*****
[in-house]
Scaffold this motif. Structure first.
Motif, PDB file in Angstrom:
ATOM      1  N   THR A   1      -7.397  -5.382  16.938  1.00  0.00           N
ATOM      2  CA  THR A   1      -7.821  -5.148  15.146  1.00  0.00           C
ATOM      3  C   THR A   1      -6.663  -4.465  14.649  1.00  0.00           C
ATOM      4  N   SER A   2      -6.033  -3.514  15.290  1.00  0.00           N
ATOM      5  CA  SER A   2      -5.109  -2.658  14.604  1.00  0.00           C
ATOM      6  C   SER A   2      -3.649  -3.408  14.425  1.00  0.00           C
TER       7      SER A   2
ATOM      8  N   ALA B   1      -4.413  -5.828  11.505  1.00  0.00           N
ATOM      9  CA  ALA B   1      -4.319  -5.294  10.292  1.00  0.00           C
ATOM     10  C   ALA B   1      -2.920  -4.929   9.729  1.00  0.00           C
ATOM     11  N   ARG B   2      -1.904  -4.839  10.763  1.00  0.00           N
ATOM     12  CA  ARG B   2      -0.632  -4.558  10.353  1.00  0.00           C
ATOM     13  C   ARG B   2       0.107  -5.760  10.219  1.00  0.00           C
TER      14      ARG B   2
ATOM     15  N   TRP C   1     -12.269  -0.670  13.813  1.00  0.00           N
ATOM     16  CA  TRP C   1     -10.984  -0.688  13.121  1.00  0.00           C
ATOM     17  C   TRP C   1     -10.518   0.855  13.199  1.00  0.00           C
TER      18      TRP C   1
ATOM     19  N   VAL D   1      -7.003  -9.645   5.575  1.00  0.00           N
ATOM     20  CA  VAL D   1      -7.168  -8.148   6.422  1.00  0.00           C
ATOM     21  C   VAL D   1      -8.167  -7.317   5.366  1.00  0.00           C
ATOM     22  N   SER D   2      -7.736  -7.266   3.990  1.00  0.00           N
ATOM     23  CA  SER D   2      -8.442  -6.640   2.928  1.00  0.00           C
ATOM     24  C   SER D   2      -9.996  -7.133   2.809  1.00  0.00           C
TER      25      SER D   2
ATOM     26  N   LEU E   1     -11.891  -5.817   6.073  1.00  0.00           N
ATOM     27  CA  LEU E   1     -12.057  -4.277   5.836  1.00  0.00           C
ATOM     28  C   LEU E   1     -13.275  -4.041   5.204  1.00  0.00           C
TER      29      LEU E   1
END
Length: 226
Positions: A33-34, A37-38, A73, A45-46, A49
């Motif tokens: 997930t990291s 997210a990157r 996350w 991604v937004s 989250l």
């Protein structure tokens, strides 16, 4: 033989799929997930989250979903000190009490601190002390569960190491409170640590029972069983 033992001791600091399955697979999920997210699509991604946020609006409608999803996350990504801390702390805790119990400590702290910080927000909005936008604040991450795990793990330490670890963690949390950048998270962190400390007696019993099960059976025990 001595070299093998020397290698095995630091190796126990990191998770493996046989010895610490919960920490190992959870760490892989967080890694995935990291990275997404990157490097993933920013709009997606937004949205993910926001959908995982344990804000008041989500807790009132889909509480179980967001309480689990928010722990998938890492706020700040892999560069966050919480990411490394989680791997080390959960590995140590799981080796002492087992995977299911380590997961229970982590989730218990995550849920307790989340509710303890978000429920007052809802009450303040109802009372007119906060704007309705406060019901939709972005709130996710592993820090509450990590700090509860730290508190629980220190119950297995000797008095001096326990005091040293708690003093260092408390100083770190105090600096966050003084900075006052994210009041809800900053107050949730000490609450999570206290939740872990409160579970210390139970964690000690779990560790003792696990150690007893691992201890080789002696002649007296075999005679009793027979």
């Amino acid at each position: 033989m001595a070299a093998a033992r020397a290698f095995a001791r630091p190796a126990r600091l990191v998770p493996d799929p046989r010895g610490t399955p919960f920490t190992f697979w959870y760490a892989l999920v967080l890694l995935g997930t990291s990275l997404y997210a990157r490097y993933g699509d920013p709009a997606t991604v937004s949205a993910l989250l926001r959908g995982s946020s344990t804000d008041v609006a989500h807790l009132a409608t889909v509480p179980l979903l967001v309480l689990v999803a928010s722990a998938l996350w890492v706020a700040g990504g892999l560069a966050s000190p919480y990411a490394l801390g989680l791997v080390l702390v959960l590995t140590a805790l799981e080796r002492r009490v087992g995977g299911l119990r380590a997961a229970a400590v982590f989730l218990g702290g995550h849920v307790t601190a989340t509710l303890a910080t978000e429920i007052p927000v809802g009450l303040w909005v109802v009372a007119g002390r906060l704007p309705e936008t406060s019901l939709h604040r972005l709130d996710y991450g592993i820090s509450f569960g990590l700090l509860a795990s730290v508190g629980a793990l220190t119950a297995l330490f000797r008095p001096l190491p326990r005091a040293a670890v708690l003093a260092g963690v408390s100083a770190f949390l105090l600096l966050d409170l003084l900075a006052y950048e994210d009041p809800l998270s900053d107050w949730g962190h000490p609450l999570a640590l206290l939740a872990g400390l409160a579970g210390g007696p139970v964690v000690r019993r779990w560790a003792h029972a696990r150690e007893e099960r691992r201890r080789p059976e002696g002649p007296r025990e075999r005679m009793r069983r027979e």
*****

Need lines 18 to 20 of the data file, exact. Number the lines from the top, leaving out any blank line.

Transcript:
ATOM     15  N   TRP C   1     -12.269  -0.670  13.813  1.00  0.00           N
ATOM     16  CA  TRP C   1     -10.984  -0.688  13.121  1.00  0.00           C
ATOM     17  C   TRP C   1     -10.518   0.855  13.199  1.00  0.00           C